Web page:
Q: What are you trying to do with Fathom that hasn’t been done by other travel sites?

A: I wanted to create the one-stop travel website that I could never find. You know how the best travel guide is the email you get from a friend who lives there, detailing what you need to do and know? That’s the spirit that motivates us. I used to spend 80 hours researching dozens of sites to boil my findings down to an essential nugget of information. Fathom aims to deliver that nugget. I don’t want to wade through a list of 200 shops in Buenos Aires; I want 20 that are amazing. I want to know what locals know. I want pre-edited links to the best articles, websites, and online resources. Perhaps most importantly, Fathom recommendations are not driven by a mega travel agency’s vast and impersonal database; our recommendations are personal and special.

Q: How do you anticipate Fathom developing? For example, will the city guides grow in number?

A: Absolutely. It’s a big world, and we want to get everywhere. Postcards are updated continually, and we will launch several new guides every month. Reader feedback will be critical: We’ve had a lot of requests for Amsterdam since launching, so look for that soon. We want more Postcards from Fathom readers, a community we call the travel-proud. This fall, we’ll launch Boutique, with our favorite travel products; Traveler Profiles, based on the popular Fathom Questionnaires; and My Itineraries, so readers can save the places they want to go.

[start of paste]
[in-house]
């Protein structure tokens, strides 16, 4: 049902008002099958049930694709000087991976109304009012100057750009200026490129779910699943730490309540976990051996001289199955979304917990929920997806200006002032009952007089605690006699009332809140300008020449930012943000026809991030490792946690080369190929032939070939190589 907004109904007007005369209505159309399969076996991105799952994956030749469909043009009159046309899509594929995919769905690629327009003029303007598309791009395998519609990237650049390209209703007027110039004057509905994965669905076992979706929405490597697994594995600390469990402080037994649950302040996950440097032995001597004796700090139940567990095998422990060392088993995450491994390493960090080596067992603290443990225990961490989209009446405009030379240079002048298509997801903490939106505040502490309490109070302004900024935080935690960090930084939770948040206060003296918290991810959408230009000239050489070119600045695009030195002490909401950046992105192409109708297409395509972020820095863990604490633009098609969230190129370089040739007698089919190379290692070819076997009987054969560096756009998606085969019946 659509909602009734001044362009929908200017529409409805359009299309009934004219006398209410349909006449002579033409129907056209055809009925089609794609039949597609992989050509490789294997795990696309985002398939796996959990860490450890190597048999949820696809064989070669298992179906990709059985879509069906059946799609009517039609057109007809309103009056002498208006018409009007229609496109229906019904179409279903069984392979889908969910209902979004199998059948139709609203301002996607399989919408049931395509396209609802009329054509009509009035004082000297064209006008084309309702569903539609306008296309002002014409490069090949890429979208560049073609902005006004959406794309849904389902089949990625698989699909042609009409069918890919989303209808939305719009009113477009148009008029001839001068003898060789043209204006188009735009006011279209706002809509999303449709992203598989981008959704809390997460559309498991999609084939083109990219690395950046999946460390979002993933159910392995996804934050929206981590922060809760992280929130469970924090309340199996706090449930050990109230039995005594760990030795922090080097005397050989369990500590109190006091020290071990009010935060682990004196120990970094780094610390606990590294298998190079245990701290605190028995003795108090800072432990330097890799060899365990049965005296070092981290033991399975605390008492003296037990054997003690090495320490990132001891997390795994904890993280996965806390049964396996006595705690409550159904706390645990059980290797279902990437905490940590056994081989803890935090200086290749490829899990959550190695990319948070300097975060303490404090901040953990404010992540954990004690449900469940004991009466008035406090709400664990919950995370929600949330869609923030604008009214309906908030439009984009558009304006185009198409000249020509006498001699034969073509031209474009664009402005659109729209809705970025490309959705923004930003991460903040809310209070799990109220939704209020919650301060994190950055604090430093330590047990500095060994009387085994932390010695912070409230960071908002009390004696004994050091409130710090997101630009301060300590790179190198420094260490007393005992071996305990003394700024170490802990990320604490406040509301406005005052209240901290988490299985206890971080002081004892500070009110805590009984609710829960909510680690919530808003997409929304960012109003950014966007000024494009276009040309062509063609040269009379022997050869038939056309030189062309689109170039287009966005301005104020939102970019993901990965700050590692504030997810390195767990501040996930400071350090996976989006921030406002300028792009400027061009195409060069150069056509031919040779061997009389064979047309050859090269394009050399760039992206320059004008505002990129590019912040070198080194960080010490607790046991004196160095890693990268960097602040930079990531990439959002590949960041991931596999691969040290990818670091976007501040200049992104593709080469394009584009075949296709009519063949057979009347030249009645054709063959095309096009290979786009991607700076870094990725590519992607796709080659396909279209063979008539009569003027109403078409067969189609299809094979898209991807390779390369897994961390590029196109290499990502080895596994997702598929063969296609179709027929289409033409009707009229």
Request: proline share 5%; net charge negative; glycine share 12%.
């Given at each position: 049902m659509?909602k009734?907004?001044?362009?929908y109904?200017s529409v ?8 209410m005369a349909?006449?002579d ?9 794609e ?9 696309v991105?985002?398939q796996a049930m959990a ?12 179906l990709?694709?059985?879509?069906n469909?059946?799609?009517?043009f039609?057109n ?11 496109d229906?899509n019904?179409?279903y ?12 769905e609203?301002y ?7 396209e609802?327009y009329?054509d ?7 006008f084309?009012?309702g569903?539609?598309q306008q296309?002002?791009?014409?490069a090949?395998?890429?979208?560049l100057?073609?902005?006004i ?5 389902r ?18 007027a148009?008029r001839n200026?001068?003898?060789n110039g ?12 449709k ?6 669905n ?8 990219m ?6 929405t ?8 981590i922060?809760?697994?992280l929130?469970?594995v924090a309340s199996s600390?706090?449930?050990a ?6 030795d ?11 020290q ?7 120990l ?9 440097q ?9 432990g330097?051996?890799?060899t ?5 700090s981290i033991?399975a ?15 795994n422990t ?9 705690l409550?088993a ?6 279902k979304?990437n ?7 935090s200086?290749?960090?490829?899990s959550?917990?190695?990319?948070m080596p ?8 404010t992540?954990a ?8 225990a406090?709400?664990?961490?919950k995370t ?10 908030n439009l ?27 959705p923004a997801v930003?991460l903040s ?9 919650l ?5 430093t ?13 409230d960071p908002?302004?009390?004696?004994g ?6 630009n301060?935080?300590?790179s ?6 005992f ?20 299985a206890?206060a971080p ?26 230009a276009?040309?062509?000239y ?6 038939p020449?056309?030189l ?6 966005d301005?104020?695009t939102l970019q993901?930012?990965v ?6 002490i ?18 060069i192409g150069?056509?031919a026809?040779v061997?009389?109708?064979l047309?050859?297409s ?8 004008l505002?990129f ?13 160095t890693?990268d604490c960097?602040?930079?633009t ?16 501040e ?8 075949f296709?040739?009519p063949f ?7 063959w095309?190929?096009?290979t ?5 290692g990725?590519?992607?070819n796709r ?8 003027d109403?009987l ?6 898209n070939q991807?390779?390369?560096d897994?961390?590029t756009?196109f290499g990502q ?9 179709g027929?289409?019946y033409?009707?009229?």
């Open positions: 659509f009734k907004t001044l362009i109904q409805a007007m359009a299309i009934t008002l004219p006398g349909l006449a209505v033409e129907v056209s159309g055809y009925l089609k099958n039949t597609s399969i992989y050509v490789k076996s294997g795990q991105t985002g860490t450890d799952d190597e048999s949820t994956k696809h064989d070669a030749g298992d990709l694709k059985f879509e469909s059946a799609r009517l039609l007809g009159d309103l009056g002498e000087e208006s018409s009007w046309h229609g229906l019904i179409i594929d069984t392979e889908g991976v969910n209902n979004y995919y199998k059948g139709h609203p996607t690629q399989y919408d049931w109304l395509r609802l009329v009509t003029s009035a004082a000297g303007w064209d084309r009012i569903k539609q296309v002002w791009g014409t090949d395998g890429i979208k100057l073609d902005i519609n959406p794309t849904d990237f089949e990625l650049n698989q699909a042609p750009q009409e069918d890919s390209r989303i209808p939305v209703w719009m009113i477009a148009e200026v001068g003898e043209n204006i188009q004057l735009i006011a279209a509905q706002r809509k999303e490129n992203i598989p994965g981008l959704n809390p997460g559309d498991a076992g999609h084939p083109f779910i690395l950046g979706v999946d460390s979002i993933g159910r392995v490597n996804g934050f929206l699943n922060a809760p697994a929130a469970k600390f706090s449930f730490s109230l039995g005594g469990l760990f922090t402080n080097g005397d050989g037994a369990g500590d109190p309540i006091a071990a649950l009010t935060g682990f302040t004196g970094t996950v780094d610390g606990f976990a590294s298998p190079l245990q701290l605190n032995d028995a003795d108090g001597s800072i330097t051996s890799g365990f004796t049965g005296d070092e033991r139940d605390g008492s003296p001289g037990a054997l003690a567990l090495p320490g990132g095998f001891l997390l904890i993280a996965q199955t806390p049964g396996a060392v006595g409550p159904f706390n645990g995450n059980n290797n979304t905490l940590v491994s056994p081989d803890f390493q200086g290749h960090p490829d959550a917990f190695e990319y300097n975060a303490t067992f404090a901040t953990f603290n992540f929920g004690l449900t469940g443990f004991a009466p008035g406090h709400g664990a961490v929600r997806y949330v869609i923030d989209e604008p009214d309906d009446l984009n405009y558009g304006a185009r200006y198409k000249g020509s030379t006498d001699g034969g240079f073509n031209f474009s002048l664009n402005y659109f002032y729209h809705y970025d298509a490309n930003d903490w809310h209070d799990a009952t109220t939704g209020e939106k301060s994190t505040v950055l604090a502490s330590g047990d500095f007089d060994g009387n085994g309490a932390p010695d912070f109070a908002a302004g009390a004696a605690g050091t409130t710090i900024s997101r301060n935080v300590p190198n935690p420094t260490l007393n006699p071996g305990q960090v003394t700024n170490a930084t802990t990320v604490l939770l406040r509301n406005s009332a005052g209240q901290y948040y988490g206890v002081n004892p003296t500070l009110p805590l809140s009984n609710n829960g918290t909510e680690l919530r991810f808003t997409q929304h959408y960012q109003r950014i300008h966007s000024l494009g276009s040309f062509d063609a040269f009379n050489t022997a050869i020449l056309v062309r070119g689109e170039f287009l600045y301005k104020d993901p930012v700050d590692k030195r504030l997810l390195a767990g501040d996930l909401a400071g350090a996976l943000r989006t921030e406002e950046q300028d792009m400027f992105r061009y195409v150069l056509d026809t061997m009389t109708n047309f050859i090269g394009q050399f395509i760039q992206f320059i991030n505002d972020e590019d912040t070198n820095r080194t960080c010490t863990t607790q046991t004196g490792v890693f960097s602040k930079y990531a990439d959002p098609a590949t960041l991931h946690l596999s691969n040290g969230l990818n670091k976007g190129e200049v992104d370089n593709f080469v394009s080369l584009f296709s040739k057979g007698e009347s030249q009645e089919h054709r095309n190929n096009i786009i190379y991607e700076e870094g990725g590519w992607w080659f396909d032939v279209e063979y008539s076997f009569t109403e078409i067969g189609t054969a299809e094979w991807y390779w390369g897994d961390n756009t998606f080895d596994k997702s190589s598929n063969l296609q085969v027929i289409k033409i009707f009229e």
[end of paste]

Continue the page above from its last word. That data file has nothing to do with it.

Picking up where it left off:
Q: How did your decade at Daily Candy prepare you for this endeavor?

A: First and foremost, it’s where I met my partner, Jeralyn Gerba, Fathom’s editorial director. We had one priority at DailyCandy: We had to delight our readers every day. To achieve this, we had to be trustworthy, we had to recommend quality places, and we had to deliver information readers wanted in a way they wanted it. And it helped if we had a great time doing it. These are excellent editorial priorities. By the way, before DailyCandy, I spent four years running the Entertainment Channel at AOL. That taught me a thing or two about building and serving a big audience.Q: Enough shop talk. When you’re not traveling, you split your time between New York and London. Care to share a secret hometown place or activity in either metropolis?

A: My life tends to revolve around what’s in front of me at the dinner table. In New York City, the bar at Tocqueville feels like a hidden escape, and breakfast at Balthazar feels like homeroom. At the end of the day, I always want to eat everything on the menu at L’Artusi. In London, I love Del Parc in Tufnell Park (of all places!), where two men cook and serve delicious Spanish/North African small plates from a closet-sized kitchen in the middle of the tiny dining room. And I love Moro, but who doesn’t?

Q: What are your favorite places to travel?